Questionable Billing for Medicaid Pediatric Dental Services in Indiana
WHY WE DID THIS STUDY
Medicaid is the primary source of dental coverage for children in low-income families and provides access to dental care for approximately 37 million children. In recent years, a number of dental providers and chains have been prosecuted for providing unnecessary dental procedures to children with Medicaid and causing harm in the process.
HOW WE DID THIS STUDY
We based our analysis on Indiana Medicaid fee-for-service paid claims for general dentists and oral surgeons who provided services to 50 or more children in 2012. Using several measures, we identified dental providers with questionable billing who are extreme outliers when compared to their peers in Indiana.
WHAT WE FOUND
We identified 94 general dentists and 1 oral surgeon in Indiana with questionable billing. These providers are extreme outliers when compared to their peers. Medicaid paid these providers $30.5 million for pediatric dental services in 2012.
These 95 dental providers-representing 11 percent of the providers we reviewed-received extremely high payments per child; provided an extremely large number of services per day; provided an extremely large number of services per child per visit; and/or provided certain selected services to an extremely high proportion of children. These services included pulpotomies, which are often referred to as "baby root canals," and behavior management, which includes techniques to calm or restrain a child. Notably, two-thirds of the general dentists with questionable billing worked for four dental chains in Indiana. Three of these chains have been the subject of Federal and State investigations. A concentration of such providers in chains raises concerns that these chains may be encouraging their providers to perform unnecessary procedures to increase profits.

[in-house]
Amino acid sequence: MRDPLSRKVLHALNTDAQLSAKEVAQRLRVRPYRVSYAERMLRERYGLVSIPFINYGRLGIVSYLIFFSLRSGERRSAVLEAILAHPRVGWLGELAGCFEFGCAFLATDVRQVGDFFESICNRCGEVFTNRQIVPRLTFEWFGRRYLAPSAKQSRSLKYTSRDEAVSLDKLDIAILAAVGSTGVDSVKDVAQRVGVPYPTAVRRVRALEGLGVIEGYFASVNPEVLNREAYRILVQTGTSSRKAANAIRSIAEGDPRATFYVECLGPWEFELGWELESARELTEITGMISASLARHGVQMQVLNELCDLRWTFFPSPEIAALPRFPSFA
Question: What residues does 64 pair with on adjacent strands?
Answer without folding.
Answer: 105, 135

Further, our findings raise concerns that certain providers may be billing for services that are not medically necessary or were never provided. They also raise concerns about the quality of care provided to children with Medicaid. Although our findings do not prove that providers either billed fraudulently or provided medically unnecessary services, providers who bill for extremely large numbers of services warrant further scrutiny.
WHAT WE RECOMMEND
We recommend that the Indiana Family & Social Services Administration (1) enhance its monitoring of dental providers to identify patterns of questionable billing; (2) closely monitor billing by providers in dental chains; (3) ensure that dental providers appropriately bill for behavior management and educate providers on the use of behavior management; and (4) take appropriate action on the dental providers identified as having questionable billing. The Indiana Family & Social Services Administration concurred with all four of our recommendations.